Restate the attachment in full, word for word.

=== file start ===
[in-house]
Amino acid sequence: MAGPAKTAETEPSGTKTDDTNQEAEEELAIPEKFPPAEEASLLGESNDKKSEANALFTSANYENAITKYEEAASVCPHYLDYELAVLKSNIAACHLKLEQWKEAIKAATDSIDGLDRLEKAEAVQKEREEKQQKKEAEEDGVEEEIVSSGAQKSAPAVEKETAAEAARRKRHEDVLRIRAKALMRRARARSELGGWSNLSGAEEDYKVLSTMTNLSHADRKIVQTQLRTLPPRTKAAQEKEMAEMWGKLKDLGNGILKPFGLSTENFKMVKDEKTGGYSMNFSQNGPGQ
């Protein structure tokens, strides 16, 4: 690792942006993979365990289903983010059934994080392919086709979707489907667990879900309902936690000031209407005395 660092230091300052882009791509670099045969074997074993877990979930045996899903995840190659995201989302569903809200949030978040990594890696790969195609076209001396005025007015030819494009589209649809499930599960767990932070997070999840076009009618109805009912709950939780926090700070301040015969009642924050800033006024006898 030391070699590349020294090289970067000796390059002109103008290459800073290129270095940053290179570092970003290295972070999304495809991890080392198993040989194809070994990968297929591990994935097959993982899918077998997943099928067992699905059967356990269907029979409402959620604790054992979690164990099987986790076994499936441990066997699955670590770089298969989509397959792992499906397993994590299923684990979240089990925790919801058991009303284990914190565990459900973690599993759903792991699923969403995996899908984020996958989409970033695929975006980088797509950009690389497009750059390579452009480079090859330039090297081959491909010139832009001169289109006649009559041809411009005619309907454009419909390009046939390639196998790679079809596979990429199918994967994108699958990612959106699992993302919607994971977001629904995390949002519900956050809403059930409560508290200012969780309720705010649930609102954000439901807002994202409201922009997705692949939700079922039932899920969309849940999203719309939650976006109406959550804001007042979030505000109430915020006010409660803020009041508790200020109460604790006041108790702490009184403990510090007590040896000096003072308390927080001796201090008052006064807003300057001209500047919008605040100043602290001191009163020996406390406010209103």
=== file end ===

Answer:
[in-house]
Amino acid sequence: MAGPAKTAETEPSGTKTDDTNQEAEEELAIPEKFPPAEEASLLGESNDKKSEANALFTSANYENAITKYEEAASVCPHYLDYELAVLKSNIAACHLKLEQWKEAIKAATDSIDGLDRLEKAEAVQKEREEKQQKKEAEEDGVEEEIVSSGAQKSAPAVEKETAAEAARRKRHEDVLRIRAKALMRRARARSELGGWSNLSGAEEDYKVLSTMTNLSHADRKIVQTQLRTLPPRTKAAQEKEMAEMWGKLKDLGNGILKPFGLSTENFKMVKDEKTGGYSMNFSQNGPGQ
């Protein structure tokens, strides 16, 4: 690792942006993979365990289903983010059934994080392919086709979707489907667990879900309902936690000031209407005395 660092230091300052882009791509670099045969074997074993877990979930045996899903995840190659995201989302569903809200949030978040990594890696790969195609076209001396005025007015030819494009589209649809499930599960767990932070997070999840076009009618109805009912709950939780926090700070301040015969009642924050800033006024006898 030391070699590349020294090289970067000796390059002109103008290459800073290129270095940053290179570092970003290295972070999304495809991890080392198993040989194809070994990968297929591990994935097959993982899918077998997943099928067992699905059967356990269907029979409402959620604790054992979690164990099987986790076994499936441990066997699955670590770089298969989509397959792992499906397993994590299923684990979240089990925790919801058991009303284990914190565990459900973690599993759903792991699923969403995996899908984020996958989409970033695929975006980088797509950009690389497009750059390579452009480079090859330039090297081959491909010139832009001169289109006649009559041809411009005619309907454009419909390009046939390639196998790679079809596979990429199918994967994108699958990612959106699992993302919607994971977001629904995390949002519900956050809403059930409560508290200012969780309720705010649930609102954000439901807002994202409201922009997705692949939700079922039932899920969309849940999203719309939650976006109406959550804001007042979030505000109430915020006010409660803020009041508790200020109460604790006041108790702490009184403990510090007590040896000096003072308390927080001796201090008052006064807003300057001209500047919008605040100043602290001191009163020996406390406010209103």